Water Avens

Geum rivale

Benoîte des ruisseaux

The water aven contains pinkish, purple or yellow bell-shaped flowers, and dark red or dark purple stems that contain many hairs. Mass in borders or rock gardens. Foliage makes an attractive ground cover after bloom.

It is deer resistent. Hybrids are becoming increasingly popular.

If boiled, its roots yield a liquid that tastes faintly like chocolate. The roots can also be made into an effective remedy for diarrhea when taken with milk and sugar.

Natural habitats include stream sides, pond edges, damp deciduous woodland and hay meadows. The water avens attract butterflies and bumblebees. It will thrive in bogs, attracting bees, butterflies and dragonflies, which will bring in toads, frogs and other hungry animals.

Its natural habitat is, Meadows, stream and pond edge.

Also known as drooping avens, water flower and Indian chocolate, water avens are useful as a ground cover for cool wet areas where many other plants often struggle. It is a perennial that blooms in late spring or early summer.

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Planting Geum rivale

Propogate by division in spring or autumn.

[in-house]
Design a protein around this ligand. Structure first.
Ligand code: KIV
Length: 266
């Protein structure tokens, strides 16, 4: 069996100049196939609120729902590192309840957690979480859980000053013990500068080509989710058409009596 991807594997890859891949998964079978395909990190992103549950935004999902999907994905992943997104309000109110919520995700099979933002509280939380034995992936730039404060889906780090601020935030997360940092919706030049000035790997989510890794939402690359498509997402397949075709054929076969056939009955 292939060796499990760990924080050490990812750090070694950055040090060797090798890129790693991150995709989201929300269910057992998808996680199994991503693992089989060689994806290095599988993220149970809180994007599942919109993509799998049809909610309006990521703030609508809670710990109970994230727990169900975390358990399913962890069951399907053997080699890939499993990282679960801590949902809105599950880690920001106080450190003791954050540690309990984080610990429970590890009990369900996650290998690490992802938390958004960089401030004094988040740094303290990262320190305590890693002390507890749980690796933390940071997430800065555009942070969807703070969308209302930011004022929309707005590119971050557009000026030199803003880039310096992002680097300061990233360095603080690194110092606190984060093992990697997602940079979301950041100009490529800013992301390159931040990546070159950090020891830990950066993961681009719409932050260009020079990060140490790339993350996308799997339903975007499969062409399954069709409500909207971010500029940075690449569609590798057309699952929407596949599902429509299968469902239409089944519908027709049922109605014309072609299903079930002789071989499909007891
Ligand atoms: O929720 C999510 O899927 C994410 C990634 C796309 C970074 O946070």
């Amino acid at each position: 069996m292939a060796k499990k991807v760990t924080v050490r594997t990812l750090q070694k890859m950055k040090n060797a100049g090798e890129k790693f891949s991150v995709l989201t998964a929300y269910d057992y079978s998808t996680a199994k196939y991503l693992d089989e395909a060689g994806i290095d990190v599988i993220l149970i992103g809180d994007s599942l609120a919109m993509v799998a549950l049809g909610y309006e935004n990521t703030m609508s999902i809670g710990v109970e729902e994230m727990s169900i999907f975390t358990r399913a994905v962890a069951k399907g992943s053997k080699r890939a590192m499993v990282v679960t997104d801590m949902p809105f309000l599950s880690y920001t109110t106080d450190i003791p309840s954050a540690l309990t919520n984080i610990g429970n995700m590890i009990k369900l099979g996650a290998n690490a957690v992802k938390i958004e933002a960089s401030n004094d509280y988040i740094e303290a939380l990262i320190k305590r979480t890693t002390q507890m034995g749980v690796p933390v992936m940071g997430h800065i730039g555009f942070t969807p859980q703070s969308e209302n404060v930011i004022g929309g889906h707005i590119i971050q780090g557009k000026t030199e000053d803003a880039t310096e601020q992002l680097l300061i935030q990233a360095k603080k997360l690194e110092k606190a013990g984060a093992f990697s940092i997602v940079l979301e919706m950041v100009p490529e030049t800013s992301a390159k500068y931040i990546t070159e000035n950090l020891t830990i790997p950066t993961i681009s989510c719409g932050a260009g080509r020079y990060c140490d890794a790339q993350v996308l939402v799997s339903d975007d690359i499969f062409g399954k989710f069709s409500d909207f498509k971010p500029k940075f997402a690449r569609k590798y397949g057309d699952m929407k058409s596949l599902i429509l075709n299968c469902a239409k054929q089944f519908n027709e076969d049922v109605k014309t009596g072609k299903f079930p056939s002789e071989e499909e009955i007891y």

Companion plant suggestions include Consider Campanula, Delphinium, Daylily as companion plants

Caring for Water Avens

Prefers moist, fertile soils in cool climates. Likes boggy and swampy conditions. Not always reliably winter hardy in areas north of Zone 5. Deadheading spent flowers will encourage additional bloom.

It is happiest in Loam and Sandy soils

In terms of water, Water Avens needs Average water requirement, but keep soil moist throughout growth and bloom season.

Pruning Benoîte des ruisseaux

Did you know that Purple Avens don’t require any pruning? Just cut the faded shoots off when they start to show and the perennials will flower beautifully. To keep it from self-seeding, it’s best to remove the seed heads


Although they are mostly pest-free, keep an eye out for leaf miners, saw flies and powdery mildew.

Native Americans used the tea made from the roots to treat cough and colds. Powdered root was once used as astringent for hemorrhage and fevers.